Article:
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The Good Life

Lovers Need Lawyers

Saddle Creek

 

The Good Life is the kinder, gentler side of singer-songwriter Tim Kasher. Whereas his punk band Cursive performs abrasive, angular rock, The Good Life drops the anger in favor of melody, and we're all better for it.

Lovers Need Lawyers is a six-song musical soundtrack, a mini Hedwig collection of tunes suited for performance in full costume by a cast of characters playing out a story set in Kasher's reluctant home town of Omaha. Here, our shaggy, bearded hero tells the tale of a rag-tag ne’er-do-well entertainer, a nomadic showman caught in a maelstrom of touring, travel and personal relationships gone array. He's down and out with an introspective song in his heart -- not bitter but accepting.

The theatrics come by way of Kasher's descriptive, storybook narratives. You can just see him strutting across a stage, explaining how -- try as he might -- he can't seem to leave Omaha, or doing a soft-shoe while he sings "I'm not an artist I'm an asshole without a job making money off alcohol." All that's missing is a romantic duet (Maybe someone can talk one of the Azure Ray women into sharing some verses on the title song). Kasher is downright chatty on "Always A Bridesmaid," bouncing above a jangly piano, giving us a slightly twisted "Themes from an Italian Restaurant."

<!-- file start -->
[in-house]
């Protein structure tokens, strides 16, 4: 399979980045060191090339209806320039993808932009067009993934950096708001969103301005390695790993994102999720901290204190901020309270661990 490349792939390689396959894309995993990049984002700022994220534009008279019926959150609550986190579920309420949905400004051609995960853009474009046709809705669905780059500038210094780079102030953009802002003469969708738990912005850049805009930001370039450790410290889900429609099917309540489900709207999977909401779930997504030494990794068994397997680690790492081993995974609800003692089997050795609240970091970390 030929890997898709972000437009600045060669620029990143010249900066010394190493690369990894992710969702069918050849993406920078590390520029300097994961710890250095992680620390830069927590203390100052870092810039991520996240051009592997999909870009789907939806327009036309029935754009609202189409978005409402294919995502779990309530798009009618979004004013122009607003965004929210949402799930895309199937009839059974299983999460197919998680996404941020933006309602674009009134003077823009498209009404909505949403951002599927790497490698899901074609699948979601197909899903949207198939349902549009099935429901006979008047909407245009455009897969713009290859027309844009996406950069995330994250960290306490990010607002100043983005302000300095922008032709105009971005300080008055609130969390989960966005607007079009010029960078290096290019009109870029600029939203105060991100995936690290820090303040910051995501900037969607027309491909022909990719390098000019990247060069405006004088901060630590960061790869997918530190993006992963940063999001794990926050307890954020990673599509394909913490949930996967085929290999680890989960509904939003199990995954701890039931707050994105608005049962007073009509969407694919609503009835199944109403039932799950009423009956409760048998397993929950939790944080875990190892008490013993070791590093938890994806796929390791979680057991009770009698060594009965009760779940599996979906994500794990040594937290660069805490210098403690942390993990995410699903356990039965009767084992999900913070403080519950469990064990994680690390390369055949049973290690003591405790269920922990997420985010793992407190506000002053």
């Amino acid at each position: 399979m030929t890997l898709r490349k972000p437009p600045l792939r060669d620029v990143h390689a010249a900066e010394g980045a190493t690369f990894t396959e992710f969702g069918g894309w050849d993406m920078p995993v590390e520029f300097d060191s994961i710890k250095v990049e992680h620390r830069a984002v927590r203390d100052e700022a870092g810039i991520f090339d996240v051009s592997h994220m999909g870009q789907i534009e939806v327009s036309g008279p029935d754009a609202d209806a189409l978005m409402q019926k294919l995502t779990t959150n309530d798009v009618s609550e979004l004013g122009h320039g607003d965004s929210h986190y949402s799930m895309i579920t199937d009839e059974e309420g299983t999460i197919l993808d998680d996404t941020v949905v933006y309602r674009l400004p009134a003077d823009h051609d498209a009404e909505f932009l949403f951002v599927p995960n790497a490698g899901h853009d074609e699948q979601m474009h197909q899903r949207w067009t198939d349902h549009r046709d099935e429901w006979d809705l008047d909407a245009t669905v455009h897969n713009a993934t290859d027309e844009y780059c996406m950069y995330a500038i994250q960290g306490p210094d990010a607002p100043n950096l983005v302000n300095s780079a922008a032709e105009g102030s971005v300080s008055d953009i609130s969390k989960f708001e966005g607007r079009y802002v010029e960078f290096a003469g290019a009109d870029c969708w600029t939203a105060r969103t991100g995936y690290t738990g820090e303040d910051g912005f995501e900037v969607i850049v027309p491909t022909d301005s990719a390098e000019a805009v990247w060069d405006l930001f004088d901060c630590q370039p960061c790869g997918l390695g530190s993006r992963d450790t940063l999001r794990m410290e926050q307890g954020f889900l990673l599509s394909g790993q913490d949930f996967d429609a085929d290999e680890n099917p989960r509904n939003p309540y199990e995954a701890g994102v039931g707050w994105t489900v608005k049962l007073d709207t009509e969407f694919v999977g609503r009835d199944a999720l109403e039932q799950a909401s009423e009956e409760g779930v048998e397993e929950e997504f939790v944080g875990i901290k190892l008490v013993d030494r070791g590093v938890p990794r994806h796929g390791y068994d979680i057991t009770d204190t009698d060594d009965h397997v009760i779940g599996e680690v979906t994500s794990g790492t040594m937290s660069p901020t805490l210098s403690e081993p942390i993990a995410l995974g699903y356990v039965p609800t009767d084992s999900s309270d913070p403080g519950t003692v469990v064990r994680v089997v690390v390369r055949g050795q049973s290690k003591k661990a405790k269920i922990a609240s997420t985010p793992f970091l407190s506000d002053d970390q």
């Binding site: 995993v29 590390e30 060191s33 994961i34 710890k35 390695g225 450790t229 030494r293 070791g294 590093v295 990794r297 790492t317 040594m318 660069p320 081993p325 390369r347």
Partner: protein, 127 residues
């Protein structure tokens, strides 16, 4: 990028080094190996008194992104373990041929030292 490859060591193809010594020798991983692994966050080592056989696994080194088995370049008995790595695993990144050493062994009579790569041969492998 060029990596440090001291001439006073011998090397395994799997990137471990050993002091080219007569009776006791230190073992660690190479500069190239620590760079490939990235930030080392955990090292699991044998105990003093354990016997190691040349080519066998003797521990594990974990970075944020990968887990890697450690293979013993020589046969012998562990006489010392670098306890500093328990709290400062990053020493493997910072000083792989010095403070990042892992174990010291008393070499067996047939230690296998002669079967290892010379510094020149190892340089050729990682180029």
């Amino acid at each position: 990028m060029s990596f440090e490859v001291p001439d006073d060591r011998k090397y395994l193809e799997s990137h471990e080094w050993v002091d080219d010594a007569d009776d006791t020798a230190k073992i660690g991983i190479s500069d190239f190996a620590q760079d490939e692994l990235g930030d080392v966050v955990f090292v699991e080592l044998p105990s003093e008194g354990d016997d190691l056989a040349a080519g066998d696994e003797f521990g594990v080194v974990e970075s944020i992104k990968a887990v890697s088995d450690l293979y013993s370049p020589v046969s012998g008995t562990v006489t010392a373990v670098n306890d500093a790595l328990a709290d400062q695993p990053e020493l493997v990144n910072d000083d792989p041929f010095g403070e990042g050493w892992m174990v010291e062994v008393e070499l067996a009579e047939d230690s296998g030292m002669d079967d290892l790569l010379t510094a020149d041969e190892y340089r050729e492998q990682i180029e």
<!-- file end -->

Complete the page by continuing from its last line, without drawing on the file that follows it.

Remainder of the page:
Though not as sonically interesting as the band's 2000 debut, Lovers Need Lawyers is a remarkable rebound from the dark, booze-soaked angst of 2002's Black Out. Kasher and company's tunes are a modern-day, Jolson-esque three-penny rock opera. You can hear them all smiling right through the acoustic rambler that closes the disc. Sure, it's only a prologue to the band's anxiously awaited full-length, Album of the Year, slated for release later this year. But if this EP is any indication, Broadway here they come.


back torevhead.gif (1924 bytes)   Posted July 14, 2004. Copyright 2004 Tim McMahan. All rights reserved.



Rating: Yes

Obligatory pull-quote: "A remarkable rebound from the dark, booze-soaked angst of 2002's Black Out."